And, if anything, I think he hedges a bit by intimating that we’d be okay if we’d just remember instead of creating myths about warfare. Because that suggests that the “thrilling addiction” can be treated, that manhood can be tested in less violent ways, and that war can easily be replaced by something less ruinous but equally good at “[giving] us meaning.”
But I fear that the pull of war is even stronger. Michael Shaara conveys the primal appeal of war better than anyone I’ve ever heard or read, in his classic novel about the Battle of Gettysburg, Killer Angels (that is, humans). One of Shaara’s central characters is the unexpectedly heroic professor-officer Joshua Lawrence Chamberlain of Maine. Resting at the end of the battle’s third and climactic day, Chamberlain reflects on the sight of Pickett’s brave, doomed men emerging from the woods and charging up Cemetery Ridge into Union defenses:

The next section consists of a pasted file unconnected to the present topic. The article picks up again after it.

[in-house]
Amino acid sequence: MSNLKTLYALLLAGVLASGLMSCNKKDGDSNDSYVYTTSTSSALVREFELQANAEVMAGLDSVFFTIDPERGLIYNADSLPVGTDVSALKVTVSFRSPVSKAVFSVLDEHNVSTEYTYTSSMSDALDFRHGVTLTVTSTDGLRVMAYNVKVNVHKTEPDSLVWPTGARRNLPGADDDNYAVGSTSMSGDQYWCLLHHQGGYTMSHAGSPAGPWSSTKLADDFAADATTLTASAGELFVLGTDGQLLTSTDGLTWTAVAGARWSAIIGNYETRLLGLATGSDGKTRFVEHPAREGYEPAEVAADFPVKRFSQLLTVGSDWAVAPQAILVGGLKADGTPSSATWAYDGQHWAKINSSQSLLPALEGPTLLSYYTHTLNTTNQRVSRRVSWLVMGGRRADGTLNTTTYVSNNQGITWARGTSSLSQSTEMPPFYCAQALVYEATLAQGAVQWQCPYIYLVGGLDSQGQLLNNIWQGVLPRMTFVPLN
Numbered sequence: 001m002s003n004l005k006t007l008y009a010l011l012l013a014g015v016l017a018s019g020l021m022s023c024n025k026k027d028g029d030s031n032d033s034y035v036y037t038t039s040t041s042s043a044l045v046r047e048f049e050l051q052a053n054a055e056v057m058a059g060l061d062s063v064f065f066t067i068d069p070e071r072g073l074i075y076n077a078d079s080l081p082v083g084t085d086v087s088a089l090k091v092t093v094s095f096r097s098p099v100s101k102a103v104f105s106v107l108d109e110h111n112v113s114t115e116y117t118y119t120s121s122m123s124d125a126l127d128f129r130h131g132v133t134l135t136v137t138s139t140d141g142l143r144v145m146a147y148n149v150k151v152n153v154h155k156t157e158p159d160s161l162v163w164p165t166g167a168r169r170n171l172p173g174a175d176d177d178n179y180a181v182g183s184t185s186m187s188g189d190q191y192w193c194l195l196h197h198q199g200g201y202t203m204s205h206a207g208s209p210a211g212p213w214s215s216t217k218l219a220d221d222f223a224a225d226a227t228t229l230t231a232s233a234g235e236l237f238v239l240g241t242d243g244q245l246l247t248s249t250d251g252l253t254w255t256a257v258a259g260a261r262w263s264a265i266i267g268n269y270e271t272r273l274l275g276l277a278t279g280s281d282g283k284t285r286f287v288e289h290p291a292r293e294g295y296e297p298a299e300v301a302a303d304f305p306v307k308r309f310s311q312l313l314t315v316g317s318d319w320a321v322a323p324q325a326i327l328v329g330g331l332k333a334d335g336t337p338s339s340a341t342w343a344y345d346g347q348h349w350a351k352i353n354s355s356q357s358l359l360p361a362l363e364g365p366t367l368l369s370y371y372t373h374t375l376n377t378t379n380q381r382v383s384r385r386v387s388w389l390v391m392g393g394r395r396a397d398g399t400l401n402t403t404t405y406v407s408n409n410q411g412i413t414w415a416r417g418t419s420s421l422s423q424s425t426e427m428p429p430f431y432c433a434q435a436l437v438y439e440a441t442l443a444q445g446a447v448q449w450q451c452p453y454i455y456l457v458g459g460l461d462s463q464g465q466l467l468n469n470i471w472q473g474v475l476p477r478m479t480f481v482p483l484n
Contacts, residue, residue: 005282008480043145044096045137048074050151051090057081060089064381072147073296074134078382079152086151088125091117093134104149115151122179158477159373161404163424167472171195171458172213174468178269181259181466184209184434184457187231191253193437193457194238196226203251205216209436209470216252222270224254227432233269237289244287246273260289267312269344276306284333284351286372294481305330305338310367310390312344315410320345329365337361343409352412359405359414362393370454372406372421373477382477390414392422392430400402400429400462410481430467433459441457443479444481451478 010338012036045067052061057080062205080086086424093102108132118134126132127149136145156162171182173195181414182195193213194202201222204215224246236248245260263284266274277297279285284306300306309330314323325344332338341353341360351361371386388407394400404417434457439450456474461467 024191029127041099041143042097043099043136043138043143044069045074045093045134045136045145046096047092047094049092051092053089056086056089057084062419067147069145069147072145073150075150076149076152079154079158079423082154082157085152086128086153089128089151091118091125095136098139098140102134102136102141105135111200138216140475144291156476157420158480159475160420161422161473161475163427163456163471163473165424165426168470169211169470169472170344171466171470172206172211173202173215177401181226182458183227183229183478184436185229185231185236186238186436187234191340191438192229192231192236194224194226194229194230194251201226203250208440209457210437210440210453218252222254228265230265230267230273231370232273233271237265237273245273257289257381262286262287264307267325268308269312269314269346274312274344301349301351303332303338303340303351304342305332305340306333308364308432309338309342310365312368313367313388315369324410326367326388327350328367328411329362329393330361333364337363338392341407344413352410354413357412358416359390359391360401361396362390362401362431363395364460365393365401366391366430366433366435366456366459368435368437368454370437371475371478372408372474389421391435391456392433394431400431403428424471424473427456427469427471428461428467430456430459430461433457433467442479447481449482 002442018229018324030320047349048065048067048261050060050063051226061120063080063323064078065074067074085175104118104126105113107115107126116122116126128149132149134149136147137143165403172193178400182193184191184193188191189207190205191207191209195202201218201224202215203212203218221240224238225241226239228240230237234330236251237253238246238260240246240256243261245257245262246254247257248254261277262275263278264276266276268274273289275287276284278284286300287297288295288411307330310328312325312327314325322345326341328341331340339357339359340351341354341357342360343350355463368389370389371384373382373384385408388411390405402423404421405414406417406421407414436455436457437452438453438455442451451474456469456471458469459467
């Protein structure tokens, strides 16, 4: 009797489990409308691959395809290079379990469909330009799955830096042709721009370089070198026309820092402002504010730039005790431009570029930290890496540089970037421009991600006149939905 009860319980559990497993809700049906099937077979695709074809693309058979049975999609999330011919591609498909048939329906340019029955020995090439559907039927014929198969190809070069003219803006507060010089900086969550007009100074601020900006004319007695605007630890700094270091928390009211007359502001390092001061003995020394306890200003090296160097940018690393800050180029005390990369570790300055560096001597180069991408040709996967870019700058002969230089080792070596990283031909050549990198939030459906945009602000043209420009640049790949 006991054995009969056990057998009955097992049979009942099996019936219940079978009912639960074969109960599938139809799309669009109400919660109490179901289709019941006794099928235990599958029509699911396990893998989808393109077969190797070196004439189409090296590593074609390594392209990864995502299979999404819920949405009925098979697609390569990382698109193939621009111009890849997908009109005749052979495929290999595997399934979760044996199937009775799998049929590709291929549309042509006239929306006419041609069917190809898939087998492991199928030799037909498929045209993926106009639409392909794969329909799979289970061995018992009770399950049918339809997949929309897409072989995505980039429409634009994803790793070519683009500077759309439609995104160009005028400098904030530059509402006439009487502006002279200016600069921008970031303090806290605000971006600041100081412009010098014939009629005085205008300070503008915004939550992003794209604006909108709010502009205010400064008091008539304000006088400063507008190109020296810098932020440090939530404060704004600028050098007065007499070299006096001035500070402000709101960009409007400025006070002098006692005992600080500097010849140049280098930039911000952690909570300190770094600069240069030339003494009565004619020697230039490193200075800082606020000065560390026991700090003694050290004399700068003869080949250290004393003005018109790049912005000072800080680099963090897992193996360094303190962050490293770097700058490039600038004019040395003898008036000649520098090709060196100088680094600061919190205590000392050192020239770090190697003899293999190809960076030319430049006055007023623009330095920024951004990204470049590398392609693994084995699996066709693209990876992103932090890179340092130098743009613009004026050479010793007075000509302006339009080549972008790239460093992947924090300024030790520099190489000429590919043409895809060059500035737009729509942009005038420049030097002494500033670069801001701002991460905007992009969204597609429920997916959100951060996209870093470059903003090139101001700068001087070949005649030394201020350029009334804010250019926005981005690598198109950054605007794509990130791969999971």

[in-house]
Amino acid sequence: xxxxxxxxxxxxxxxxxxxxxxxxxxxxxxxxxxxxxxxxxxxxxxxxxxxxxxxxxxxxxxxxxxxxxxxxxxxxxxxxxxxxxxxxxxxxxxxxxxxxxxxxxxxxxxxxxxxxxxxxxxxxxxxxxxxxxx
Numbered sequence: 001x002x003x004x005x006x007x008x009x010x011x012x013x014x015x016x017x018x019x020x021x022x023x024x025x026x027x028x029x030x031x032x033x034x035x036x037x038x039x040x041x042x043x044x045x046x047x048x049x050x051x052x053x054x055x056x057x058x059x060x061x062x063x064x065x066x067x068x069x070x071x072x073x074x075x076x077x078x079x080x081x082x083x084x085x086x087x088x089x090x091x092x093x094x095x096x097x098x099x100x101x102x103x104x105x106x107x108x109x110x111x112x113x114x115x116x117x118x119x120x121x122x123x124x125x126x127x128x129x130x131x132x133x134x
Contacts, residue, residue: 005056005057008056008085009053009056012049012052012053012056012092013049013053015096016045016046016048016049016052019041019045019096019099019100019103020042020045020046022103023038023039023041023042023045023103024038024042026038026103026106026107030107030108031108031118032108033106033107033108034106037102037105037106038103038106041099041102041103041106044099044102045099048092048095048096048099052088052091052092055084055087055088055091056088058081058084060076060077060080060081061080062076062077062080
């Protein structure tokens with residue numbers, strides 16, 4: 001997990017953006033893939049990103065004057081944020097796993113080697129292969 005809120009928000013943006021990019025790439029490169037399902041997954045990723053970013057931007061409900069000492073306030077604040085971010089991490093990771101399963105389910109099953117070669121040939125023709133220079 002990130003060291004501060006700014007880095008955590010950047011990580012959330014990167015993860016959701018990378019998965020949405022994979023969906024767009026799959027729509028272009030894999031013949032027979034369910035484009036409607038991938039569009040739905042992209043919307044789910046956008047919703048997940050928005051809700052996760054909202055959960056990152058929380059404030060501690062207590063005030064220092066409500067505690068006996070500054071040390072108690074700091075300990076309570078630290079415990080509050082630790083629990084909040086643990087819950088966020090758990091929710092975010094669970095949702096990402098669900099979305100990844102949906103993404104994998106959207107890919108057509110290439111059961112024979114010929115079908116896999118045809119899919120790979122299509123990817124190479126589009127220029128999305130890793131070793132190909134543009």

Chamberlain closed his eyes and saw it again. It was the most beautiful thing he had ever seen. No book or music would have that beauty. He did not understand it: a mile of men flowing slowly, steadily, inevitably up the long green ground, dying all the while, coming to kill you, and the shell bursts appearing above them like instant white flowers, and the flags all tipping and fluttering, and dimly you could hear the music and the drums, and then you could hear the officers screaming, and yet even above your own fear came the sensation of unspeakable beauty. (p. 362)
Far from the stereotypical war lover, Shaara’s abundantly civilized Chamberlain cannot, as a man of deep integrity, deny the profound, mysterious beauty of warfare at its most murderous.